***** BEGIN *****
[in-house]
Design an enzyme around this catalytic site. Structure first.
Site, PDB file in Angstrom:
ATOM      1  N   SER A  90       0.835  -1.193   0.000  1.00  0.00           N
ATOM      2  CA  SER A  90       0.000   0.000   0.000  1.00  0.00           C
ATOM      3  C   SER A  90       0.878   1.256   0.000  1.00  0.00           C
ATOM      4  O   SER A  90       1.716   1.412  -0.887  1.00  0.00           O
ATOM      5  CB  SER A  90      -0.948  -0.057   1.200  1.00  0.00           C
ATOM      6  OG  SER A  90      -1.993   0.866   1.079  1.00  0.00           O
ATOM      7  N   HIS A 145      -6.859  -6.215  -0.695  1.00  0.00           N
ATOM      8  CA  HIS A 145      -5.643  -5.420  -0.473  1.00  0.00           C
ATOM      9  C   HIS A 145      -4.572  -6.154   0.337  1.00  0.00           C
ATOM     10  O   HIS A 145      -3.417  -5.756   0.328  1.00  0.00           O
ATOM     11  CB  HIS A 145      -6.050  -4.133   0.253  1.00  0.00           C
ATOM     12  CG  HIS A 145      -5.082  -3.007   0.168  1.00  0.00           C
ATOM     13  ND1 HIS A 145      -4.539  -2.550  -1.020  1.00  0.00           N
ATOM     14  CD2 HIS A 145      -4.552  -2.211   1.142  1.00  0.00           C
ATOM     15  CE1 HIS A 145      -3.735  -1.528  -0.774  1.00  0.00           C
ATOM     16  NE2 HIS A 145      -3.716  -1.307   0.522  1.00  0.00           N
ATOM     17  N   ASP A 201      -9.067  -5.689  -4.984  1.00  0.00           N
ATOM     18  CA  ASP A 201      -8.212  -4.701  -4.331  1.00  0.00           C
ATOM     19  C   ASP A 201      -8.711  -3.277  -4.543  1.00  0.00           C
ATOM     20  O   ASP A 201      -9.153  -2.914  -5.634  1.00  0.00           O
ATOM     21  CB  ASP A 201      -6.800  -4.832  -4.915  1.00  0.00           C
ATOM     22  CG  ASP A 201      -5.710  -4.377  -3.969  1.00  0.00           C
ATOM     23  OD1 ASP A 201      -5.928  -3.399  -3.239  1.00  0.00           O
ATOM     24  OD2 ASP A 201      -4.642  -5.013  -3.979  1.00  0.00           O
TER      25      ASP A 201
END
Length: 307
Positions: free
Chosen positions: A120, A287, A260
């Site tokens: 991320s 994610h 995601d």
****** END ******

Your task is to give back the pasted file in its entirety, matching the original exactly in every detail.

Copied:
[in-house]
Design an enzyme around this catalytic site. Structure first.
Site, PDB file in Angstrom:
ATOM      1  N   SER A  90       0.835  -1.193   0.000  1.00  0.00           N
ATOM      2  CA  SER A  90       0.000   0.000   0.000  1.00  0.00           C
ATOM      3  C   SER A  90       0.878   1.256   0.000  1.00  0.00           C
ATOM      4  O   SER A  90       1.716   1.412  -0.887  1.00  0.00           O
ATOM      5  CB  SER A  90      -0.948  -0.057   1.200  1.00  0.00           C
ATOM      6  OG  SER A  90      -1.993   0.866   1.079  1.00  0.00           O
ATOM      7  N   HIS A 145      -6.859  -6.215  -0.695  1.00  0.00           N
ATOM      8  CA  HIS A 145      -5.643  -5.420  -0.473  1.00  0.00           C
ATOM      9  C   HIS A 145      -4.572  -6.154   0.337  1.00  0.00           C
ATOM     10  O   HIS A 145      -3.417  -5.756   0.328  1.00  0.00           O
ATOM     11  CB  HIS A 145      -6.050  -4.133   0.253  1.00  0.00           C
ATOM     12  CG  HIS A 145      -5.082  -3.007   0.168  1.00  0.00           C
ATOM     13  ND1 HIS A 145      -4.539  -2.550  -1.020  1.00  0.00           N
ATOM     14  CD2 HIS A 145      -4.552  -2.211   1.142  1.00  0.00           C
ATOM     15  CE1 HIS A 145      -3.735  -1.528  -0.774  1.00  0.00           C
ATOM     16  NE2 HIS A 145      -3.716  -1.307   0.522  1.00  0.00           N
ATOM     17  N   ASP A 201      -9.067  -5.689  -4.984  1.00  0.00           N
ATOM     18  CA  ASP A 201      -8.212  -4.701  -4.331  1.00  0.00           C
ATOM     19  C   ASP A 201      -8.711  -3.277  -4.543  1.00  0.00           C
ATOM     20  O   ASP A 201      -9.153  -2.914  -5.634  1.00  0.00           O
ATOM     21  CB  ASP A 201      -6.800  -4.832  -4.915  1.00  0.00           C
ATOM     22  CG  ASP A 201      -5.710  -4.377  -3.969  1.00  0.00           C
ATOM     23  OD1 ASP A 201      -5.928  -3.399  -3.239  1.00  0.00           O
ATOM     24  OD2 ASP A 201      -4.642  -5.013  -3.979  1.00  0.00           O
TER      25      ASP A 201
END
Length: 307
Positions: free
Chosen positions: A120, A287, A260
């Site tokens: 991320s 994610h 995601d």